The Methods Donnell Turner Uses To Portray Curtis' Paralysis On General Hospital

Despite having helped save the world during the Greenland adventure on "General Hospital," Curtis Ashford (Donnell Turner) has been through some rough times lately. He recently learned that Trina Robinson (Tabyana Ali) is his biological daughter, and they now have 20 years of catching up to do. But before they could do that, a ricocheting bullet fired at the Metro Court Hotel pool hit him in the back, leaving him paralyzed. Struggling with this new way of life, Curtis has been through the emotional ringer, and Turner has done a fantastic job as an actor, portraying anger, frustration, sadness, and more. While some actors may put Vaseline around their eyes and even eye drops to simulate crying, Turner has his own methods he employs to add authenticity to his character, as Curtis learns to adapt to life in a wheelchair.

Turner took part in a "General Hospital" fan Zoom event on Aug. 23, 2023, where he explained the methods he employs to present a realistic portrayal of the character, according to Soap Hub. "There's all these little devices actors use," he said, "and I just wanna bring as much truth and authenticity to this character and to this storyline as possible." There's no doubt that as Curtis deals with this soul-crushing experience, Turner has reached deep inside his acting arsenal in order to evoke deep sympathy and compassion from the audience as he tugs at their heartstrings.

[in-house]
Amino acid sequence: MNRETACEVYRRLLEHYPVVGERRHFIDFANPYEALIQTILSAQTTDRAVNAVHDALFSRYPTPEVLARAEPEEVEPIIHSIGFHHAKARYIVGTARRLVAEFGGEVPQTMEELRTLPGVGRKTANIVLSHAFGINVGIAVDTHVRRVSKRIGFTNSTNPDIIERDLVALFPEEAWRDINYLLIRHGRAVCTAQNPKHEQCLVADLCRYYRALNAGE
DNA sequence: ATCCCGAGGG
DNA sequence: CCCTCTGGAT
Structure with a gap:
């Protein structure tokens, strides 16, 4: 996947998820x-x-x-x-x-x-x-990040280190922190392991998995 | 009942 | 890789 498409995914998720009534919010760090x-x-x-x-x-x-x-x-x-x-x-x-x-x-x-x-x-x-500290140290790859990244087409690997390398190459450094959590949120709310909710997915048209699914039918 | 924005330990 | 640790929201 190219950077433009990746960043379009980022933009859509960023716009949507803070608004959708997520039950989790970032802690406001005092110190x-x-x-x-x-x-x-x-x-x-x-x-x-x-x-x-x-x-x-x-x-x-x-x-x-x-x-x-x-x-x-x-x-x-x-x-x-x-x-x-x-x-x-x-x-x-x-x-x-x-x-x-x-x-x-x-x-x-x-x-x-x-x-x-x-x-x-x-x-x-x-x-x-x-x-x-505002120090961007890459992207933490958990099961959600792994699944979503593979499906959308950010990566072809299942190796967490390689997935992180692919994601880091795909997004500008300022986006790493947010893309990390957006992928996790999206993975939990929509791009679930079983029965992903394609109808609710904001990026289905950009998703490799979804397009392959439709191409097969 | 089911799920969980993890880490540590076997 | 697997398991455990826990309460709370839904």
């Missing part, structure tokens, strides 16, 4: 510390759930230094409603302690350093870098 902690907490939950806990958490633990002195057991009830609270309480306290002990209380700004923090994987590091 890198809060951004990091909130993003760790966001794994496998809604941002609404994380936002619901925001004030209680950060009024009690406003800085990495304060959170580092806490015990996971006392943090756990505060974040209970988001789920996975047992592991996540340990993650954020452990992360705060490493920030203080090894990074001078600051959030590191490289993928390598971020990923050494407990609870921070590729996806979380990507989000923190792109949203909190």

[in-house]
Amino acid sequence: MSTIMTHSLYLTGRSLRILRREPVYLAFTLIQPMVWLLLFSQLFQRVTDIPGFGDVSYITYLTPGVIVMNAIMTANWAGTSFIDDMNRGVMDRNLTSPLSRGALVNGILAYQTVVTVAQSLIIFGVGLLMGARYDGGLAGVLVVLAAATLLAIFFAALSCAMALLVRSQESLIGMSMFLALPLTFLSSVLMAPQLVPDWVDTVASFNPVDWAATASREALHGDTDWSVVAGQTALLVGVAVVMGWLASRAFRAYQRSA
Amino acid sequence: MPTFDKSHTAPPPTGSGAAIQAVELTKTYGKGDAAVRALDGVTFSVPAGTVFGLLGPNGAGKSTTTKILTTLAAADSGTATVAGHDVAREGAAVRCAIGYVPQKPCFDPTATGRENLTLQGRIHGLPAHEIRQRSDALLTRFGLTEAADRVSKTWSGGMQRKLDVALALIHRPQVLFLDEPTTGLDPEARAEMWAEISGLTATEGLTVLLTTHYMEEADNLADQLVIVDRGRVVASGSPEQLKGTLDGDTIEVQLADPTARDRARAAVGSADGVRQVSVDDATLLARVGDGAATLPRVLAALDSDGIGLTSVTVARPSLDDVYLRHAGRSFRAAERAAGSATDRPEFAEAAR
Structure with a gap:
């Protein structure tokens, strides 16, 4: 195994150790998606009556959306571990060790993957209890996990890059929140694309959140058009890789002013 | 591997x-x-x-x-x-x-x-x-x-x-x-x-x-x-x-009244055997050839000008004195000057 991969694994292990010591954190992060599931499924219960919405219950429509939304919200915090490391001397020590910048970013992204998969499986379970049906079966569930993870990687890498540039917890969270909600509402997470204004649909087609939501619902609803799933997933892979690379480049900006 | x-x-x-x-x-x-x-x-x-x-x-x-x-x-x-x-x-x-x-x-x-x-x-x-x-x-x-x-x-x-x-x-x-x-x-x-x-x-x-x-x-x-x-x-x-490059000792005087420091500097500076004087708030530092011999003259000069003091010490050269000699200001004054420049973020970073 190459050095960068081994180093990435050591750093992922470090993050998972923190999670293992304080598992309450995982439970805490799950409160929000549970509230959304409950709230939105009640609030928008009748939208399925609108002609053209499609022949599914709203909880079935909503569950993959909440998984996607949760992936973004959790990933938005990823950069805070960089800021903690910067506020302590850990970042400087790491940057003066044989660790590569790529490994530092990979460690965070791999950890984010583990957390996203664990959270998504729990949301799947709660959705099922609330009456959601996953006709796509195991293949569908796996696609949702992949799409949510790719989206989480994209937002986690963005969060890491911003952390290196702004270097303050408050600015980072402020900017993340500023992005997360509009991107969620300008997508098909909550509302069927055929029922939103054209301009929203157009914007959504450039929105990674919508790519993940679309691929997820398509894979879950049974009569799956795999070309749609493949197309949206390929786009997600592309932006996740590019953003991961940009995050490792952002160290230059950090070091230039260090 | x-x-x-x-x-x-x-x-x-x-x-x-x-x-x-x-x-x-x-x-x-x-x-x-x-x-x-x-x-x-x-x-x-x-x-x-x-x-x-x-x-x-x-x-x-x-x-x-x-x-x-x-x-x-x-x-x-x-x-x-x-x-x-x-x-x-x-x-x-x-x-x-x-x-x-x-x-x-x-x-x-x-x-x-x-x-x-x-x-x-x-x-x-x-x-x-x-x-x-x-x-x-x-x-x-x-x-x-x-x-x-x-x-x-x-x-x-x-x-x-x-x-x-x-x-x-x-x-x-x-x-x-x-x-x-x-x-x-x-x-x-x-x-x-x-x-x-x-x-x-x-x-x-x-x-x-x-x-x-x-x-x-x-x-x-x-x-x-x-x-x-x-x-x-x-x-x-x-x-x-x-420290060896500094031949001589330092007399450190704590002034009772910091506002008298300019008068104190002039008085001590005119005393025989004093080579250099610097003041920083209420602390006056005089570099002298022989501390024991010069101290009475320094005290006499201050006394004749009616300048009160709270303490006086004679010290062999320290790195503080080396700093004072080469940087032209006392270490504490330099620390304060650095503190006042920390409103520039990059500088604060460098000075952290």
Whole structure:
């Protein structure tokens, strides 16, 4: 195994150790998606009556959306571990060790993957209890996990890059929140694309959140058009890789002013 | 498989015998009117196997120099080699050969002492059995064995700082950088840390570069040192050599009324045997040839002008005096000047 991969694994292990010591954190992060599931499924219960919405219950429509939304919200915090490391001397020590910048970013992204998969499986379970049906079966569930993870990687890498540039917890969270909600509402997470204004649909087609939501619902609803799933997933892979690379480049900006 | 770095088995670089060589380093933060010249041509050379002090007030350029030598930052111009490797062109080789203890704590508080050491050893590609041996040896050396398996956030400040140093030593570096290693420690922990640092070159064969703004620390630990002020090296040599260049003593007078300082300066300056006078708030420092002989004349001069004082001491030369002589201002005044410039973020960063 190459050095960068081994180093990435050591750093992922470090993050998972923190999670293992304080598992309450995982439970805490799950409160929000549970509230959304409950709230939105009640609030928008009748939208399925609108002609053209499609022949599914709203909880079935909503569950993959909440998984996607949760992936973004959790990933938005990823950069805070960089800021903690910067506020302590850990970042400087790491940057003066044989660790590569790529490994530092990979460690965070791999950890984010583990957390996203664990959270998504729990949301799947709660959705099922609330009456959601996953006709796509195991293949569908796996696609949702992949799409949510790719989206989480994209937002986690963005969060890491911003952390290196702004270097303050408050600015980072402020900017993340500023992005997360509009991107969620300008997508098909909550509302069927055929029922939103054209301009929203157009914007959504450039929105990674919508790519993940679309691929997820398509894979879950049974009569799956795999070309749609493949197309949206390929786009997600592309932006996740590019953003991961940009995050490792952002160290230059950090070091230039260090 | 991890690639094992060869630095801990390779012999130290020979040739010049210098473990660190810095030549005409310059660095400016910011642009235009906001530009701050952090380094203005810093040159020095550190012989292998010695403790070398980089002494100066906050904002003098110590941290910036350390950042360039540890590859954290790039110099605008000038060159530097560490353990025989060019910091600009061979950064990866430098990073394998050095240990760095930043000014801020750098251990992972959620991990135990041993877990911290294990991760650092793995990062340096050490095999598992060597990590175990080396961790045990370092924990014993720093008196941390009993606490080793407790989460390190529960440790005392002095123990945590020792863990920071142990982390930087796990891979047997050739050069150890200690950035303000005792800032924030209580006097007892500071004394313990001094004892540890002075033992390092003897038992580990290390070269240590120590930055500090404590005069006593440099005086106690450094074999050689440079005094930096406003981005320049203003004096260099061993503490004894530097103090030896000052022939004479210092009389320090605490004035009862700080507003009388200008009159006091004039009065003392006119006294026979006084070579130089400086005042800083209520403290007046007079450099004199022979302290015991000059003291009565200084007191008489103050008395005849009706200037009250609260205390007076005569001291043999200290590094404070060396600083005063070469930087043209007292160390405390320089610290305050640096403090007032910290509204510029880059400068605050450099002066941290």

Donnell Turner strives for realism as Curtis

The current storyline of Curtis Ashford's paralysis had Donnell Turner jumping for joy since the character's emotional journey would be something he could portray realistically, as he had earlier told Soap Opera Digest. At the fan event, he described one scene that they had to retake because while Curtis was raging over his situation, the actor's legs were moving. He felt bad because he had put a great deal of emotion into the first take, though he remarked, "But sometimes you can, you know, recreate that magic."

Turner recalled a time when he auditioned for a sitcom in which the character was wheelchair-bound, and when they called him back for a second audition, he explained the studying he put into it. "So, I did a lot of research on how to conduct myself, how the posture would look, how the movement would look, even on a comedic side," he said, pointing out that the experience is helping inform his current storyline.

He shared some of his trade secrets, explaining, "There are little tricks for acting in a wheelchair. I remember I would hold a quarter between my knees to keep my knees together, to render my legs sort of useless. That way, it prevents involuntary movement." He provided another example he's heard of, in which an actor puts a rock in their shoe in order to change their gait and look like they've suffered a leg injury. Turner stated that he hopes his performance comes across as truly authentic to the audience, and his hard work shows.